Periodically, there have been allegations that seal licence returns do not reflect actual practice and that more seals are being shot by licensees than are indicated in the returns. There have, however, been no instances to date where such allegations have been proved. Indeed in a number of cases, checks or initial investigations were quickly able to confirm that the seals were shot under licence and that this information was submitted on the quarterly returns. The police are responsible for investigating such cases and Marine Scotland is always ready to assist them.
The Scottish Government will provide details of seal licences on request to the police to assist with any investigations. It does not comment on any active investigations.
10. Carcass Recovery
This is one aspect of the Code of Practice and seal licence returns that could benefit from further improvement.
In the seal licensing system, to date, the recovery of the carcasses of shot seals enables us to assess if the animal has been shot cleanly, i.e. that death was almost instantaneous and therefore it did not suffer. Post mortem examination also permits us to assess stomach contents to establish what the animal had been feeding on.
The recovery of carcasses is a complex issue which requires close liaison between a number of organisations. It is possible that carcasses in some cases sink, or are too heavy or it proves too logistically awkward to recover them - i.e. from rocky areas at the foot of cliffs etc.
In spite of this, the usefulness of the data obtained from shot seals suggests that more effort should be made to encourage those involved to seek to recover seal carcasses for research.
A formal appeal process was developed to allow applicants to raise any concerns about the licence issued to them.
The process involves the setting up of an appeals panel formed by members of the seal policy team but also engaging two individuals not involved in seal policy or licensing or, respectively, in fish farming or fisheries issues where appeals relate to these sectors.
The panel members are provided with all relevant documents concerning the relevant licence application and with information about the regulations and provisions of seal licensing by a member of the seal policy team.
The panel reach a decision, which is then communicated to appellant and Seal Licensing Team.
There have been a total of 5 appeals in the 4 years 2011 to 2014. In response 3 of these were rejected and 2 at least partially accepted.
The appeals process offers an effective tool for dealing with any concerns.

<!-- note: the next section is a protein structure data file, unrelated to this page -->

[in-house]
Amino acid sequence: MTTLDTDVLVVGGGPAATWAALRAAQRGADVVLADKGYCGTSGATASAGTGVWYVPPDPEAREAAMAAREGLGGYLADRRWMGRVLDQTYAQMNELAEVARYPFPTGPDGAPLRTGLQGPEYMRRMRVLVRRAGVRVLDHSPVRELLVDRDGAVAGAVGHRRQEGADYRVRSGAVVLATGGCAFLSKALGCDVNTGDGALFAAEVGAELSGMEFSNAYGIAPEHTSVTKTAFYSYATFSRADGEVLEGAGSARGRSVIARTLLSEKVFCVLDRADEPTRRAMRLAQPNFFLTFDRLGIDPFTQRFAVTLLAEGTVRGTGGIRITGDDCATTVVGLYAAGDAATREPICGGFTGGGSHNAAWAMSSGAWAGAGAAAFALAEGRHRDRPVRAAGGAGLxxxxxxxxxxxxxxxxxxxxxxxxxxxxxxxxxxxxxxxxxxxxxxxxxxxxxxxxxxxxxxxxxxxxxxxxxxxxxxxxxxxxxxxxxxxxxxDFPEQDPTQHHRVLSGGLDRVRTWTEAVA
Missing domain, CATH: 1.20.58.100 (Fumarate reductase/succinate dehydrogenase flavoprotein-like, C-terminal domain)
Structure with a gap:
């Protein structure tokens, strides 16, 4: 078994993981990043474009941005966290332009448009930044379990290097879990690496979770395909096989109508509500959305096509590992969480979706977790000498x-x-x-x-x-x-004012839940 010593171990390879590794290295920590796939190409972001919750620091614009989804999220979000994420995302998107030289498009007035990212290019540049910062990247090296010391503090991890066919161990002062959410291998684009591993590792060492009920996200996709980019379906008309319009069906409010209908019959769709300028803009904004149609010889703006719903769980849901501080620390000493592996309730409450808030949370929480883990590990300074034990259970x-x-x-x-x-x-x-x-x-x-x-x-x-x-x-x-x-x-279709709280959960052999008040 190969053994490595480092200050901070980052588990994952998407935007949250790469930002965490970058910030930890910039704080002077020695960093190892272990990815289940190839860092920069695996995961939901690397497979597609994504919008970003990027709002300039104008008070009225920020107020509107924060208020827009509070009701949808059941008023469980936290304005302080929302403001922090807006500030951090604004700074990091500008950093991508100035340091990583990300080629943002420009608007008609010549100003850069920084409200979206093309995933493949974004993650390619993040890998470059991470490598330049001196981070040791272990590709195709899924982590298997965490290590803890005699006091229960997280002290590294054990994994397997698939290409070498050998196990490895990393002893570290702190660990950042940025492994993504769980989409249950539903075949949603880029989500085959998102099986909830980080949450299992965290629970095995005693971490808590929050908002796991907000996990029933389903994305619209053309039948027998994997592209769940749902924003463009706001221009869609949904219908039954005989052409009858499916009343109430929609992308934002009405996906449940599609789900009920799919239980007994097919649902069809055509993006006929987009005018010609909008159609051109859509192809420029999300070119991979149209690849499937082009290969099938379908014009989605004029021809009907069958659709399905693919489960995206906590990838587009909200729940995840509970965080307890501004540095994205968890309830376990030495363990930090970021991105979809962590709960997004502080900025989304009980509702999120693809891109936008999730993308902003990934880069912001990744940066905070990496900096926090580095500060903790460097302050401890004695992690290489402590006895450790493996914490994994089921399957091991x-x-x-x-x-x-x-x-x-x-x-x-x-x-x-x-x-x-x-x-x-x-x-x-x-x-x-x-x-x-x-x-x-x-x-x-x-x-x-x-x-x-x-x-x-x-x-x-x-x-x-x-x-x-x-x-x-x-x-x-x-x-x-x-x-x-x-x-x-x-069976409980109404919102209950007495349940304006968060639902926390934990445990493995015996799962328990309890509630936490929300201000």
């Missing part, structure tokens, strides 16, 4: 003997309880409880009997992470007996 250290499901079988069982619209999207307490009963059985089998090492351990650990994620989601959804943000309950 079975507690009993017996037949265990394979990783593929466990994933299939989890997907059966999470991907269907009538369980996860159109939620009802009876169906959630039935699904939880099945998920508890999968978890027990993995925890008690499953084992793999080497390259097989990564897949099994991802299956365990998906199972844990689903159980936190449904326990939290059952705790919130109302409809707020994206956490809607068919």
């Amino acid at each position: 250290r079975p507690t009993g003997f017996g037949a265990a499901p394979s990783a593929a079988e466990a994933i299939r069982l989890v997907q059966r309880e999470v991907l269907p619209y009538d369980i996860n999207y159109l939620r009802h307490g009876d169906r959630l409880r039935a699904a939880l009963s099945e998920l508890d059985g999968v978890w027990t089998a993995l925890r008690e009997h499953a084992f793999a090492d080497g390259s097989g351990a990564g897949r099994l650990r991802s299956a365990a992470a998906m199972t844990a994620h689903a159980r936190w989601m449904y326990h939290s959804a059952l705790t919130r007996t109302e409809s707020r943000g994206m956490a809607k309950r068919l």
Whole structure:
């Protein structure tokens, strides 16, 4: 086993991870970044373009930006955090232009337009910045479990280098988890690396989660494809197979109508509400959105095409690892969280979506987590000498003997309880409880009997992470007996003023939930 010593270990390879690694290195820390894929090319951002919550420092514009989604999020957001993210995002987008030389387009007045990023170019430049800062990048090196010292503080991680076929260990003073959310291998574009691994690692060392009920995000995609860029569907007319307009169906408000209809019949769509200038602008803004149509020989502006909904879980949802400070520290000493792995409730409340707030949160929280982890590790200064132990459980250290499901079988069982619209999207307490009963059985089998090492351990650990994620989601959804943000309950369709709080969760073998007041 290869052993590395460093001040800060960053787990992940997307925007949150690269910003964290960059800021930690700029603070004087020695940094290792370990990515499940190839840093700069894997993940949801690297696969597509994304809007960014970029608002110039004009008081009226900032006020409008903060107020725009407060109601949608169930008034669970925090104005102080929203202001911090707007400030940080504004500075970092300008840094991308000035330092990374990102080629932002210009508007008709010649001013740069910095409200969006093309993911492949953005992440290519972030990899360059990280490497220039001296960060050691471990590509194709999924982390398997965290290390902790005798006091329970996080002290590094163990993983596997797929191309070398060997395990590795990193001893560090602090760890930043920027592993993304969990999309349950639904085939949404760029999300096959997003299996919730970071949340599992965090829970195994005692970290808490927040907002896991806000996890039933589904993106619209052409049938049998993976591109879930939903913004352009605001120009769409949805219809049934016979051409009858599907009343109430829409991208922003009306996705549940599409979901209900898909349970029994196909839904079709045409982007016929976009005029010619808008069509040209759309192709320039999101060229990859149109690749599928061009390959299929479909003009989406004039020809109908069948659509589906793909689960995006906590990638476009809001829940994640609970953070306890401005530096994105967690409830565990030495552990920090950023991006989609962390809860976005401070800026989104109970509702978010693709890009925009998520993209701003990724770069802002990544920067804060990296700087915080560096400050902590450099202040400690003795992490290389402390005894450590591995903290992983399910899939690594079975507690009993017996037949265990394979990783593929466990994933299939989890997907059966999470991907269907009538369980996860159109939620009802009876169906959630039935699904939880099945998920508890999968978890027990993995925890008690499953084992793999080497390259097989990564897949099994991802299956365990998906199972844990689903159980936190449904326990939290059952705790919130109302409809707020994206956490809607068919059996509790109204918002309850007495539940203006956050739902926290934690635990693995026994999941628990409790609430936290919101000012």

12. Seal Licence Fees
A decision was made on introduction of seal licensing that no fees would be charged at that point to facilitate the introduction of such a major change in seal management practice across Scotland.
In light of the passage of time and the establishment of the system and of the general emphasis on ensuring best use of public money, it is now perhaps the appropriate time to review this decision.
The issue of fees to at least cover the administrative costs of the seal licensing should now be considered for the future.
13. Summary and Recommendations
In summary, the seal licensing system as set out in the Marine (Scotland) Act 2010 has proved effective and works well. It has already been subject to a complete review after the first round of licensing and subsequently a range of minor improvements have been introduced as required.
A number of issues have been identified as recommended for further action including:-
- Seal Licence Applications - Marine Scotland to continue to seek to improve data collection including through improvements to the application forms and survey process.
- Non-lethal Measures - Marine Scotland to continue to work closely with the industry and others to improve various existing options in this field and to develop new ones.
- Seal Licence Returns - Marine Scotland to consider improvements in the frequency of seal licence returns
- Carcass Recovery - Marine Scotland to consider how to improve this process in discussions with Scottish Marine Animal Stranding Scheme, licensees and others
- Seal Licence Fees - Marine Scotland to consider possible future introduction of fees to cover administrative costs of seal licensing system
14. Next Steps
Marine Scotland will now consider and develop proposals on how best to pursue the recommendations for further work listed above.